Repeals authority and funding for bonus awards. Beginning in FY2018, requires Secretary to establish, by regulation, performance criteria relating to actions taken to correct errors, reduce rates of error, and improve eligibility determinations and other indicators of effective administration as determined by the Secretary. (§4029)

Reduces amount and scope of performance bonus awards. Beginning with the awards for FY2018 performance and each year thereafter, Secretary is required to make performance bonus awards to states for high or most improved performance for application processing timeliness only, and a total of $6 million in mandatory funding is available annually. Specifies that $6 million is available in FY2019 for Secretary to make the awards for FY2018 performance. (§4110(c))

Similar to the House provision, with the additional specification that bonus awards for FY2018 performance shall not be awarded in FY2019. (§4013(d))

Adjustment to percentage of recovered funds retained by states. State agencies establish and collect claims against recipients who traffic SNAP benefits. If a state agency collects on a claim resulting from fraud, such as recipient trafficking or recipient application fraud, the state agency is entitled to retain 35% of the amount collected. (7 U.S.C. 2025(a))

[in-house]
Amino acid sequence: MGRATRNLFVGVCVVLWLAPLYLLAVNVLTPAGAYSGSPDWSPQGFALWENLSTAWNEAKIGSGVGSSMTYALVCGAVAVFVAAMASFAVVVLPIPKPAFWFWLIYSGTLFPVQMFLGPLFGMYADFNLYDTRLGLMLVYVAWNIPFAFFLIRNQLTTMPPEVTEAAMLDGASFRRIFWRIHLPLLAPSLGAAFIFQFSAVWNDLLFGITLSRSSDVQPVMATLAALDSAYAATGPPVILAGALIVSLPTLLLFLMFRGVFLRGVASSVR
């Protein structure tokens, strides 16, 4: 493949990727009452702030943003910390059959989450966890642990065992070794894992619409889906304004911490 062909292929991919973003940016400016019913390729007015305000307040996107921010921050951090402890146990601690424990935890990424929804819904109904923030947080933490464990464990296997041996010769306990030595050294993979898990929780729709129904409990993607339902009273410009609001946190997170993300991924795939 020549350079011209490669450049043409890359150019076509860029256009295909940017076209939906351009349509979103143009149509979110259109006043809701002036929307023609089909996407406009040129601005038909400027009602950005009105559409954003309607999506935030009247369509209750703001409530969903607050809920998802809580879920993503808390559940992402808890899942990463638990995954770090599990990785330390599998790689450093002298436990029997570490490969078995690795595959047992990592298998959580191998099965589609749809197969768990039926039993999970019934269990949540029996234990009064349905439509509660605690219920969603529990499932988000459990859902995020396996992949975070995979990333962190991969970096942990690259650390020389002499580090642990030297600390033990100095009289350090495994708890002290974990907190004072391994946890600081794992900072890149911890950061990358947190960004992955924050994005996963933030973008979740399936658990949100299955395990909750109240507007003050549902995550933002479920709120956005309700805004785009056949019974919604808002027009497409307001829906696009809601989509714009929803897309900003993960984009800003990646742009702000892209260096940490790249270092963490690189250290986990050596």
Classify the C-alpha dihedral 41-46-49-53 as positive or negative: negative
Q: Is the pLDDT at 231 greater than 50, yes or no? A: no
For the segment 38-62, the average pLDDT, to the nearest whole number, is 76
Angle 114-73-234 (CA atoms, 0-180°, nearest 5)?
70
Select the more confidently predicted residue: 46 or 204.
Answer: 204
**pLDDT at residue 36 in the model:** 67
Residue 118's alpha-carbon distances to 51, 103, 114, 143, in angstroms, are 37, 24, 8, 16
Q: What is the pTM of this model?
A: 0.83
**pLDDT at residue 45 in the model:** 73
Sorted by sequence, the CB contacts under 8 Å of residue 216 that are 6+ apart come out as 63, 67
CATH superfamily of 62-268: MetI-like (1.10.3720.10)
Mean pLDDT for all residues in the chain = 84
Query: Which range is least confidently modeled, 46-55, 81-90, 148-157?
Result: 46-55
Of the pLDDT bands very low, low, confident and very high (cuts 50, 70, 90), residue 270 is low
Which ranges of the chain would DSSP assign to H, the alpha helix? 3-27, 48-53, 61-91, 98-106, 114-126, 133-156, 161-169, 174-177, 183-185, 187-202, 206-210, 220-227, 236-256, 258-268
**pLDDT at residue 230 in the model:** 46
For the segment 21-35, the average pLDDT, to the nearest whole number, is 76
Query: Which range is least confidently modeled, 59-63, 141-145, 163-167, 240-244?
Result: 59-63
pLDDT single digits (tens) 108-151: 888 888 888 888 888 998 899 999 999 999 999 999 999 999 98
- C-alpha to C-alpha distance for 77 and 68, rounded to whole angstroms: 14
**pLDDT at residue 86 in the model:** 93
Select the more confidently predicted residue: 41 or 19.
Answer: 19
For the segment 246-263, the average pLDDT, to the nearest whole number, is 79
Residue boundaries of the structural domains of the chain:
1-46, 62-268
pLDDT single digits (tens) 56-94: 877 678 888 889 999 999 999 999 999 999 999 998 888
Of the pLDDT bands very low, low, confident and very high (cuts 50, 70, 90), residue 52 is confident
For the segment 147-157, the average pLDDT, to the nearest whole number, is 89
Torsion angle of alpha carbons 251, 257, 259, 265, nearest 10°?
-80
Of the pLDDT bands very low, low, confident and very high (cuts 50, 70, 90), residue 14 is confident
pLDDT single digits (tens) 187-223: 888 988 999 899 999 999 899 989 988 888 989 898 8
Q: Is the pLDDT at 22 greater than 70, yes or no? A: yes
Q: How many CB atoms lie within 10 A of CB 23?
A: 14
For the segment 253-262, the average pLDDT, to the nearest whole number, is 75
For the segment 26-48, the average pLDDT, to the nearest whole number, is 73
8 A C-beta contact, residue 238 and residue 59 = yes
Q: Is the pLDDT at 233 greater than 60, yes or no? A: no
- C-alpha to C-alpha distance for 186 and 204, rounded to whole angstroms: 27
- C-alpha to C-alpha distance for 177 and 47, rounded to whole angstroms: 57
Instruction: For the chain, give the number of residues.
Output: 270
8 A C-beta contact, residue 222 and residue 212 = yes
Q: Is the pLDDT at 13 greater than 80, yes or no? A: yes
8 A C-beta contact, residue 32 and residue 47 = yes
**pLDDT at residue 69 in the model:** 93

Increases to 50% the amount of collected claims the state agency is entitled to retain. Allows states to use amounts collected only for SNAP, including investments in technology and other actions to prevent fraud. (§4027)

No comparable provision.

No comparable provision.

States' computer system costs are eligible for receiving federal matching funds. (7 U.S.C. 2025(g))

No comparable provision.

System testing. Requires state agencies to test automatic data processing and information retrieval systems in a live production environment prior to implementation in order to receive federal match. (§4111)

Similar to the Senate bill with a technical change. (§4012)